Also keep in mind that some flowers work better for boutonnieres than others. It’s best to stick with sturdier blossoms that will hold their shape all day without water, such as orchids, roses, peonies, ranunculuses, and even succulents. Some flowers, including hydrangeas and tulips, are much more delicate and will end up wilting after only an hour or two. Your florist can help you decide which types of flowers would be best for you (season, temperature and humidity all play a role).

If flowers aren’t totally your thing, you’re in luck, because there are plenty of non-floral boutonniere ideas that are equally eye-catching. Succulents are popular alternatives to floral boutonnieres, but we also love millet, lavender, berries, herbs, and snippets of greenery. Browse boutonniere inspiration and work with your florist to see what unique combinations you can come up with.

Colors

The boutonniere(s) should complement the rest of the wedding’s
color scheme. Pull an accent color from your accessories, other floral arrangements, stationary, or decor, and choose blooms in that color family.

When you’re thinking color, you’ll also need to decide if you want all of the boutonnieres to look identical. This option is ideal for weddings on the more formal side. If you opt for matching boutonnieres, your florist can make the the most important boutonnieres stand out a bit from the rest by using extra embellishments, greenery, or the same type of flower in a contrasting color.

red ranunculus boutonniere

Photo: Brandy Angel Photography

Style

It’s important that the boutonnieres make sense with your attire and wedding style. Are you getting married in a glitzy ballroom, or is your wedding taking place at a more casual outdoor setting? For formal dress codes and high-end venues, stick with boutonnieres on the classic side (think a single boom with minimal embellishments). Choose flowers in traditional colors, such as white, pink or red. Roses are always a timeless option, but you don’t have to stop there. Orchids, calla lilies, ranunculuses, freesias, and lisianthus are some of our favorite flowers for traditional boutonnieres.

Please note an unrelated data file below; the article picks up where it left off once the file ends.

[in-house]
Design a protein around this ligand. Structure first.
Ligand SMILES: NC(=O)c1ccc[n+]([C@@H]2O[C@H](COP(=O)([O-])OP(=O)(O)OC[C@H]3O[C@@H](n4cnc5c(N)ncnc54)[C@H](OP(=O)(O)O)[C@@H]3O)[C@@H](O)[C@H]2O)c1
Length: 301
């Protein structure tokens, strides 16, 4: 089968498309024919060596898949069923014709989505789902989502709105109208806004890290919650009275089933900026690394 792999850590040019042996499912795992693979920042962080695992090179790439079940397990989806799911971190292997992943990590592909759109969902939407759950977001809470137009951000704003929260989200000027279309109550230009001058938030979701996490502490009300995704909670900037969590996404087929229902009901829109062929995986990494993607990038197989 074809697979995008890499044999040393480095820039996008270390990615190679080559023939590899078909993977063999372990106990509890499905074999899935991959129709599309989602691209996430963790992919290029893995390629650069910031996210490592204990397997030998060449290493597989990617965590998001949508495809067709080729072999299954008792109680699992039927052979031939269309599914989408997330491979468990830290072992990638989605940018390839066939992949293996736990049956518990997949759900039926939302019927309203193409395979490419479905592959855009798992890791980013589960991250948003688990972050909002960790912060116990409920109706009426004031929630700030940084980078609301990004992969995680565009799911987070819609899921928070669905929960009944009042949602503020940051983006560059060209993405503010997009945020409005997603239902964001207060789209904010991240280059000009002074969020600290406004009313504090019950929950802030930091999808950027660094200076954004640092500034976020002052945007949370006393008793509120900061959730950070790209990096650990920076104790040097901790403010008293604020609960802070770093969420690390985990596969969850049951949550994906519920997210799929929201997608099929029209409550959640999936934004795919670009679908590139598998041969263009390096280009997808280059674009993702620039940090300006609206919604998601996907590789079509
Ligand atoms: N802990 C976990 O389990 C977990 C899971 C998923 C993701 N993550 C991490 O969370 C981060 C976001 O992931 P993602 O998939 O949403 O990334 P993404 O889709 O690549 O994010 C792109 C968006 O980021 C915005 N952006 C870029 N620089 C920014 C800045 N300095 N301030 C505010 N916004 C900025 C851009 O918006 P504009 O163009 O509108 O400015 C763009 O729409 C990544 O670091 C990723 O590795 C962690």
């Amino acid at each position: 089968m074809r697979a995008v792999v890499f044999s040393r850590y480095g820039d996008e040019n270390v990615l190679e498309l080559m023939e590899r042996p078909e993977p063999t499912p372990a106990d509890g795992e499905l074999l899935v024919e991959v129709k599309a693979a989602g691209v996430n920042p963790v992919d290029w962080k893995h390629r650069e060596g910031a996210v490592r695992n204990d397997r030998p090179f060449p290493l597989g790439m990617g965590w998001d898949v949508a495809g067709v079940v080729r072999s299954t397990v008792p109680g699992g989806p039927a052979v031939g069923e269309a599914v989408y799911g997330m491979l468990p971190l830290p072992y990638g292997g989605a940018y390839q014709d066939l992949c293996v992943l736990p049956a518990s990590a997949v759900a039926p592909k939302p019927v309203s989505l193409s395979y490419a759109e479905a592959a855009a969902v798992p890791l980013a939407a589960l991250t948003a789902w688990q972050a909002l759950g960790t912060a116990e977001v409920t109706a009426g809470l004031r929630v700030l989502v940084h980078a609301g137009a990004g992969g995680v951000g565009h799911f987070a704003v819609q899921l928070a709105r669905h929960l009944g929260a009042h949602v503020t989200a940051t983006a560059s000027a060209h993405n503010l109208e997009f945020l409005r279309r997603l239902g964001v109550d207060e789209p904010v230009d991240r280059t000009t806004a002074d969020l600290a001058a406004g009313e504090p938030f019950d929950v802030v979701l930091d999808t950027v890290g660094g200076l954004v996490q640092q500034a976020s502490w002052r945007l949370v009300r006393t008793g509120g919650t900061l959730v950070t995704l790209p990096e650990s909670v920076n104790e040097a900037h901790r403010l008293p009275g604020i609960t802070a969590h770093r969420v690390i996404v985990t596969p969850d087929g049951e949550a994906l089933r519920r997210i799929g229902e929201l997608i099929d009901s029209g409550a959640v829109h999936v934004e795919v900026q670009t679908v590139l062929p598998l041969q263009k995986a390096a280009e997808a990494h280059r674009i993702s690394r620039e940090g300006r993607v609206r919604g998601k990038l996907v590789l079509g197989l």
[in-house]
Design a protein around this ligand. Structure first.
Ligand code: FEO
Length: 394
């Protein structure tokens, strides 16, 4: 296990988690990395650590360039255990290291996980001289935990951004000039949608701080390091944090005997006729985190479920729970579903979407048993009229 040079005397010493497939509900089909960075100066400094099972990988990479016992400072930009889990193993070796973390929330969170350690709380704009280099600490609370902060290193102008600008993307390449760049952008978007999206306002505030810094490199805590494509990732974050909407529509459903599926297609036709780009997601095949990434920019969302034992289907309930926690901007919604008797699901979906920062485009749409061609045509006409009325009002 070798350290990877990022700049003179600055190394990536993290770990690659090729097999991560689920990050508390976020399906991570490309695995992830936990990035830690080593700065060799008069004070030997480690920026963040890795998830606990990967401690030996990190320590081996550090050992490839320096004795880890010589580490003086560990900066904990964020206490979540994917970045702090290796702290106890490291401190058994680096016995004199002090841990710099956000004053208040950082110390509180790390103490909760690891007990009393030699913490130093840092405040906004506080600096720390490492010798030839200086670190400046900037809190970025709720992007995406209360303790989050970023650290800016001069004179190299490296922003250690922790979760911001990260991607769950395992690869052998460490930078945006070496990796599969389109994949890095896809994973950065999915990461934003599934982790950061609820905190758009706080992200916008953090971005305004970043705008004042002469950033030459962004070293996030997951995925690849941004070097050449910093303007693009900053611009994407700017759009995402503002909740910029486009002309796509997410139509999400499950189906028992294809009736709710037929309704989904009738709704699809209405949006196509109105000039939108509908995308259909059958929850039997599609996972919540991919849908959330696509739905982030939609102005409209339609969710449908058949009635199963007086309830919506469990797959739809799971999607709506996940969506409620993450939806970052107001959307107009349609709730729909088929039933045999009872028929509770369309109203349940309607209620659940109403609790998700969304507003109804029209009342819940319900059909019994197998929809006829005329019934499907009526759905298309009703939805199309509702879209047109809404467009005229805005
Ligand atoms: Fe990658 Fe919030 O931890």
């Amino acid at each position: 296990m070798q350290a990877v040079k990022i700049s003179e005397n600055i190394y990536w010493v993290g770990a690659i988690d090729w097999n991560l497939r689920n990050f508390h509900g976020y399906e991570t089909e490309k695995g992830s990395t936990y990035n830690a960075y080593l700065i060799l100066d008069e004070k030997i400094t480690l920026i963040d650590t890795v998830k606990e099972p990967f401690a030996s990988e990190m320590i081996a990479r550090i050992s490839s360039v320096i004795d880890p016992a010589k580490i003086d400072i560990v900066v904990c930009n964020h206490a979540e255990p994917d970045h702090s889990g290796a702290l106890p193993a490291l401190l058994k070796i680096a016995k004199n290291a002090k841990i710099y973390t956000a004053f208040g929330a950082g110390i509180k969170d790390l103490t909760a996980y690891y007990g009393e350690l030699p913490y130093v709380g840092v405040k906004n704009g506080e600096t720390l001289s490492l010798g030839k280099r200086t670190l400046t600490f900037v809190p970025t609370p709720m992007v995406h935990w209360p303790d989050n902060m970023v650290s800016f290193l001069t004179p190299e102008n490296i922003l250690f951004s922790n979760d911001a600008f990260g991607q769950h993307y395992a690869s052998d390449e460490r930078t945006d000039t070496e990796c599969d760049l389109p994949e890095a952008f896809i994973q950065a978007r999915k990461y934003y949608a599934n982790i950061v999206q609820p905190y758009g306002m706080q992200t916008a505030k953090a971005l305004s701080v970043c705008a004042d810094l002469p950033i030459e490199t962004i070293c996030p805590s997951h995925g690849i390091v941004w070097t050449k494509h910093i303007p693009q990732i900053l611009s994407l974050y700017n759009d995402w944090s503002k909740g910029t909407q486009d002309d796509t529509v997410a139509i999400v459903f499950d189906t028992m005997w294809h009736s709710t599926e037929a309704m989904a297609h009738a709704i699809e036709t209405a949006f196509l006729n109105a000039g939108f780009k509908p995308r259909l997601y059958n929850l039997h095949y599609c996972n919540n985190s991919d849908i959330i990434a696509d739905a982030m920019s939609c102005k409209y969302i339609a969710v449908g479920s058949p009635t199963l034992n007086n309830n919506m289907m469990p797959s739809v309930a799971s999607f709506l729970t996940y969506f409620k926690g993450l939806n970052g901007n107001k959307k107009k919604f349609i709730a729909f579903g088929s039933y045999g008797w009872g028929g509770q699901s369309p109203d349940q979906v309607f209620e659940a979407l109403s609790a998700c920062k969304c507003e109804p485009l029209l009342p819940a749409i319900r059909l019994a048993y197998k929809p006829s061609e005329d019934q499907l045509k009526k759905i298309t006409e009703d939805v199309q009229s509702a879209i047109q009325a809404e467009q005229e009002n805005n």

Mix-and-match boutonnieres are a great option for more informal weddings. They also work well if your wedding party is choosing their own attire rather than wearing the exact same outfit. Your florist can help you select a handful of different flowers that pair nicely together while still creating a mix-and-match effect.

You can even use the boutonnieres to play up your wedding theme. If you’re having a rustic wedding, ask your florist to add a bit of baby’s breath or tie a strip of burlap around the stems. For a nautical theme, your florist can swap traditional ribbon for sailing rope instead. Don’t be afraid to get creative!

Decorative accents

More and more couples are personalizing their boutonnieres with accents to reflect their favorite hobbies or interests, and we love the idea of sprucing up the everyday boutonniere and making it completely your own. Some of our favorite ideas include adding fish hooks, golf tees, wine corks, or feathers.